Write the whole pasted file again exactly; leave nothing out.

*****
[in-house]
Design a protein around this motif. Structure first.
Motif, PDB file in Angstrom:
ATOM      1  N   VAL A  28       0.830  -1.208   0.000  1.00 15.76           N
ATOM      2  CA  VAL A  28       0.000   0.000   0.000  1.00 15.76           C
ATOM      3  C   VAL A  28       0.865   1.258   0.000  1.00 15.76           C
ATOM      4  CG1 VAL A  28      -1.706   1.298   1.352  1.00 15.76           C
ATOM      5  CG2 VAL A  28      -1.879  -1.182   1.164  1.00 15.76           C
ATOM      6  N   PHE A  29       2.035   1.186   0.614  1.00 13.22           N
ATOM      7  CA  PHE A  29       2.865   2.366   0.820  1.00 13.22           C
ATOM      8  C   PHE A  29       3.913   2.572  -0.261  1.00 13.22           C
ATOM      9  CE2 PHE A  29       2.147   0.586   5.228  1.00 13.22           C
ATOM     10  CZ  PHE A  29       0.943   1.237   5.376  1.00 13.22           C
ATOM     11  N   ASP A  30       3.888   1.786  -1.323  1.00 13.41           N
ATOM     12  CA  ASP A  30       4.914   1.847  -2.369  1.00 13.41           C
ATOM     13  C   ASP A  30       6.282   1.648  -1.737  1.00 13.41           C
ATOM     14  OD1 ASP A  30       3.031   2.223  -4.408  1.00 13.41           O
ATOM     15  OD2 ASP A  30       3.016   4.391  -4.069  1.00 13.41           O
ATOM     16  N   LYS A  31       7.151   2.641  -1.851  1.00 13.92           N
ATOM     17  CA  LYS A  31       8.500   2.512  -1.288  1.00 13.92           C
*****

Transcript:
[in-house]
Design a protein around this motif. Structure first.
Motif, PDB file in Angstrom:
ATOM      1  N   VAL A  28       0.830  -1.208   0.000  1.00 15.76           N
ATOM      2  CA  VAL A  28       0.000   0.000   0.000  1.00 15.76           C
ATOM      3  C   VAL A  28       0.865   1.258   0.000  1.00 15.76           C
ATOM      4  CG1 VAL A  28      -1.706   1.298   1.352  1.00 15.76           C
ATOM      5  CG2 VAL A  28      -1.879  -1.182   1.164  1.00 15.76           C
ATOM      6  N   PHE A  29       2.035   1.186   0.614  1.00 13.22           N
ATOM      7  CA  PHE A  29       2.865   2.366   0.820  1.00 13.22           C
ATOM      8  C   PHE A  29       3.913   2.572  -0.261  1.00 13.22           C
ATOM      9  CE2 PHE A  29       2.147   0.586   5.228  1.00 13.22           C
ATOM     10  CZ  PHE A  29       0.943   1.237   5.376  1.00 13.22           C
ATOM     11  N   ASP A  30       3.888   1.786  -1.323  1.00 13.41           N
ATOM     12  CA  ASP A  30       4.914   1.847  -2.369  1.00 13.41           C
ATOM     13  C   ASP A  30       6.282   1.648  -1.737  1.00 13.41           C
ATOM     14  OD1 ASP A  30       3.031   2.223  -4.408  1.00 13.41           O
ATOM     15  OD2 ASP A  30       3.016   4.391  -4.069  1.00 13.41           O
ATOM     16  N   LYS A  31       7.151   2.641  -1.851  1.00 13.92           N
ATOM     17  CA  LYS A  31       8.500   2.512  -1.288  1.00 13.92           C